To learn more about the show and other Fences related events visit:

Related Events
April 17, there is a free August Wilson’s "Fences" Talk @ 1:00 p.m. at the Jewish Community Center of San Francisco, 3200 California St., San Francisco.

April 24
, Perspectives | Matinee only (show at 1pm, pre-show talk at noon) A topical speaker (TBA) will offer insights into the play. Bring your bag lunch. Coffee; cookies will be served.

Apr. 28
, August Wilson’s "Fences" Talk @ 7 p.m. at Book Passage Marin, 51 Tamal Vista Blvd, Corte Madera.

Most Shows feature an After Words post-show Q&As with a member of MTC’s artistic staff (often with one or more members of the cast) after every performance, except on Saturday evenings, and Opening and Closing Nights.

Wednesday, April 16, 2014

The Trials of Muhammad Ali, director, Bill Siegel, on Independent Lens, Monday, April 14, 2014

Khalilah Camacho-Ali
Bill Siegel's Trials of Muhammad Ali shows an evolution of consciousness rarely if ever seen when looking at an iconic figure, in this case the greatest boxer of the twentieth century Muhammad Ali. In this story of Ali, Siegel crafts a tale that without preconception allows his audience an opportunity to enter the Nation of Islam Ali as Cassius Clay did. We meet the influential men in young Ali's life, his financial supporters -- a Louisville, Kentucky powerhouse and a spiritual support network under the leadership of the Honorable Elijah Muhammad. With candid interviews with NOI leader Minister Louis Farrakhan, Ali's older brother, Rahman, his former first wife, Khalilah Camacho-Ali, his daughter by a later marriage, and others including much of Ali via archival newsreel, we see a very different picture of Ali emerge.
Ali and El Hajj Malik El Shabazz

Muhammad Ali
Sharp and on point within and without the ring, Ali as a youth is impressionable and smart--his relationship with his first wife, who though younger, gave him excellent guidance which Ali listened to. These are some of the more poignant parts of the film. I love the courtship and genuine love between the couple and that of his brother, Malcolm X, and admiration of others including the Elijah Muhammad.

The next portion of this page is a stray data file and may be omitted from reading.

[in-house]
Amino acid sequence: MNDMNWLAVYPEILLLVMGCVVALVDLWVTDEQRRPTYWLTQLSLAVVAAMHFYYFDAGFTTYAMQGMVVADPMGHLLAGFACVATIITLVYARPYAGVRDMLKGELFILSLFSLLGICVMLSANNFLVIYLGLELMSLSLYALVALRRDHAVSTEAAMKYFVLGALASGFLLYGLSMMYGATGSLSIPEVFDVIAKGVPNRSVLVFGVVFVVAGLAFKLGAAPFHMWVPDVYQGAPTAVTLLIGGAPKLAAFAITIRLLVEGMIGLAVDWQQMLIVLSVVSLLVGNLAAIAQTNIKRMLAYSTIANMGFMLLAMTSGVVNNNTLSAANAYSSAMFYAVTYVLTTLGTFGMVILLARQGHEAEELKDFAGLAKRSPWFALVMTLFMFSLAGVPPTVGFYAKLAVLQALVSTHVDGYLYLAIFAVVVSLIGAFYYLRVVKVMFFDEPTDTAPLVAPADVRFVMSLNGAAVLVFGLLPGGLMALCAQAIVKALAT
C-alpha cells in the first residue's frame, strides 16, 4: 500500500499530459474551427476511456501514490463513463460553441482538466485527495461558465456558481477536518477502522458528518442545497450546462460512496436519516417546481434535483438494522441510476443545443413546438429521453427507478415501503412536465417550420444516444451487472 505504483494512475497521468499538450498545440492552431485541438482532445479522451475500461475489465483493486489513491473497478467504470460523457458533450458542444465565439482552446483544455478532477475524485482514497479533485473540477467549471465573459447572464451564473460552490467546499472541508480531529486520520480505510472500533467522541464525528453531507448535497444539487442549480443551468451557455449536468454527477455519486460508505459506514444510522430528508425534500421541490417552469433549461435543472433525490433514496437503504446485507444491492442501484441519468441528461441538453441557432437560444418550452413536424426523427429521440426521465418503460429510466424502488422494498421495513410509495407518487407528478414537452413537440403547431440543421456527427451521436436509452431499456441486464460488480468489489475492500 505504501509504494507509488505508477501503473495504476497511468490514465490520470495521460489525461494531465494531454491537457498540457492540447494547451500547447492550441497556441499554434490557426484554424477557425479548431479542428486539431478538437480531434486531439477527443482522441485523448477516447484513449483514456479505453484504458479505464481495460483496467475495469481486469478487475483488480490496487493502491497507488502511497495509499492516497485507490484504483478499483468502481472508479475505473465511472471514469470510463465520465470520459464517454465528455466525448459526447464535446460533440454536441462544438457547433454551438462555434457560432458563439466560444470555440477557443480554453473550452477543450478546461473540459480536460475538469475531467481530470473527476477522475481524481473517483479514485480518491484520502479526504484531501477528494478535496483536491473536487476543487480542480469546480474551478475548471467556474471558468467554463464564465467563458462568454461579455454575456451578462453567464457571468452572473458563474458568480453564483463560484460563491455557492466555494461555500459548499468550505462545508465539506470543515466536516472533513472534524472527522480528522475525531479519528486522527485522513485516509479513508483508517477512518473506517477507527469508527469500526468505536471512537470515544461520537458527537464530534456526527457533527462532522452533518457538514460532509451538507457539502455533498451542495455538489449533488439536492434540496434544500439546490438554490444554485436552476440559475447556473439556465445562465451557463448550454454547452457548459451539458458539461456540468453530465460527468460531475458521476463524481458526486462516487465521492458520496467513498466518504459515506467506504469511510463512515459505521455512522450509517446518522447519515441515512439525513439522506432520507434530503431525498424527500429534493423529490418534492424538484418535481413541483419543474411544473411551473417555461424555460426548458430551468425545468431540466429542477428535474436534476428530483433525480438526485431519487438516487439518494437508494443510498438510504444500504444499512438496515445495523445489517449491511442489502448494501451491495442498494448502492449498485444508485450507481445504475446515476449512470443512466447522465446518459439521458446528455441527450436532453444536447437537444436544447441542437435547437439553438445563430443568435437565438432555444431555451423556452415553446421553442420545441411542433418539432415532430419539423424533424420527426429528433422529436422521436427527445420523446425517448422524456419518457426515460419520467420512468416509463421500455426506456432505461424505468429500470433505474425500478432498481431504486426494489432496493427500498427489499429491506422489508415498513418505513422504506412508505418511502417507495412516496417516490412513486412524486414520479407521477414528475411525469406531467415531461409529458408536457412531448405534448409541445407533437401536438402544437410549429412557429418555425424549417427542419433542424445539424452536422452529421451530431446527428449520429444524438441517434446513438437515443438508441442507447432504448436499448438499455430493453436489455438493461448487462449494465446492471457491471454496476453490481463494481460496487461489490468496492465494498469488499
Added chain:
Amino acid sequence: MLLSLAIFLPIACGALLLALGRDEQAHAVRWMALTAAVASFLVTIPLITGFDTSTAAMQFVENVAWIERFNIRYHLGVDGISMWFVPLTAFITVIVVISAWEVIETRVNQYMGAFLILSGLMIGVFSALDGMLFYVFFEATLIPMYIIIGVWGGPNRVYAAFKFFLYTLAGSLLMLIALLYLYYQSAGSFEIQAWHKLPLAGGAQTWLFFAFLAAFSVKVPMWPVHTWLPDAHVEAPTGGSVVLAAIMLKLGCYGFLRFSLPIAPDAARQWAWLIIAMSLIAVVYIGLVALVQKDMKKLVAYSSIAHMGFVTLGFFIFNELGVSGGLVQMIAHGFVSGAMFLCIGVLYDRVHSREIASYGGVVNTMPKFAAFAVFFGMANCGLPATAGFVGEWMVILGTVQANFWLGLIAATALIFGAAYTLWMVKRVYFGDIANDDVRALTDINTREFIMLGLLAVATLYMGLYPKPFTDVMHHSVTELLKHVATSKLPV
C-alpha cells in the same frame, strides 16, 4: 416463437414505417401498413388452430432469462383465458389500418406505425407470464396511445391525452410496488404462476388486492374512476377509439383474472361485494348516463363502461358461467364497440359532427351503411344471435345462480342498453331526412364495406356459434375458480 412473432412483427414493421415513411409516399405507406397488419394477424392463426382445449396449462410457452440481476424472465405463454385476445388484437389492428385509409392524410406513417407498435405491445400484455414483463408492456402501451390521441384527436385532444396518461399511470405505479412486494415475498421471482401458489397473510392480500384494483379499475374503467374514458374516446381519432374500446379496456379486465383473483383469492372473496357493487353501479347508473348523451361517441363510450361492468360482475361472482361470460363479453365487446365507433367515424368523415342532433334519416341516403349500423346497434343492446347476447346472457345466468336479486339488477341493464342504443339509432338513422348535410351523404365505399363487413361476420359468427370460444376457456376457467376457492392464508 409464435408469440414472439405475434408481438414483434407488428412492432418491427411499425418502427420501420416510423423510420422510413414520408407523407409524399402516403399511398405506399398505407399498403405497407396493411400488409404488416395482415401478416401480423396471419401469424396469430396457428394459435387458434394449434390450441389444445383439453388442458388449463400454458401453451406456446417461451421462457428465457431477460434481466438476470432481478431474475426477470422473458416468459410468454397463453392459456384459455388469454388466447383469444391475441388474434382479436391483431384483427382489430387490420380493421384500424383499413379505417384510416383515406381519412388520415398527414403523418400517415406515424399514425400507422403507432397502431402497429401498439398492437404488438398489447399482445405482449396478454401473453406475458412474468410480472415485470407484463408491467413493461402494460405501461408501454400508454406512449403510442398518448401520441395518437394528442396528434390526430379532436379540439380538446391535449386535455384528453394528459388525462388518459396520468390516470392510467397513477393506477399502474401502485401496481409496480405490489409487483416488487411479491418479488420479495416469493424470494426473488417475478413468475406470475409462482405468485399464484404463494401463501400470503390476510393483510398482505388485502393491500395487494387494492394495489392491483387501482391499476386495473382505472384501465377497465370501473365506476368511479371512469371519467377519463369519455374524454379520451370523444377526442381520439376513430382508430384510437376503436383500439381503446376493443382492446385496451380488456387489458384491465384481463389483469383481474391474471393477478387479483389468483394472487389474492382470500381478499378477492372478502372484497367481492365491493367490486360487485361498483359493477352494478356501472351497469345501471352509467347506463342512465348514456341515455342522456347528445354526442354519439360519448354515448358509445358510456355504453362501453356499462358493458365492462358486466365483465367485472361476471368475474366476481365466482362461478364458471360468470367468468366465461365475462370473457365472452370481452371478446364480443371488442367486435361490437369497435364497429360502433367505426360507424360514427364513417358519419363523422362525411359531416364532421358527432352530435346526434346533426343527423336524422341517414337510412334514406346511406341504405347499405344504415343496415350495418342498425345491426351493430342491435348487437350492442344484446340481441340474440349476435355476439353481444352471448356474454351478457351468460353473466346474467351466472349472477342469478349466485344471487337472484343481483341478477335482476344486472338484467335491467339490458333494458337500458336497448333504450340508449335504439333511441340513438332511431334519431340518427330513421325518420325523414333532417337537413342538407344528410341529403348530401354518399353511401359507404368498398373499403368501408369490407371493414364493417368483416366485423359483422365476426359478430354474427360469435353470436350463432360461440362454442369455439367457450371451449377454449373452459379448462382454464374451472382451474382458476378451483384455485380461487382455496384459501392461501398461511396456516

Ali's trials start long before the one that strips him of his title--it starts when he changes his name and joins the NOI, when he decides to take the less traveled path, the one where he is his own man--a free thinker, independent. The media doesn't like his choice and later he is made to pay -- financially and morally when he refuses to go to war. The slander is unbelievable. I wonder if such would be allowed today.

Farrakhan says Ali's says to him, "Still a N-gger," today, at the height of his career and reputation. What does he mean?

Ali's decision to be a conscientious objector is a choice Martin King supports despite religious differences. This is an important point, because it shows that the division imposed philosophically between Malcolm X and Martin King was just that, an imposition which had no reality. It was more a divide and conquer tactic by the enemy of peace and justice. The way the scene is set up here, King's killing seems directly linked to his position on the unjust war.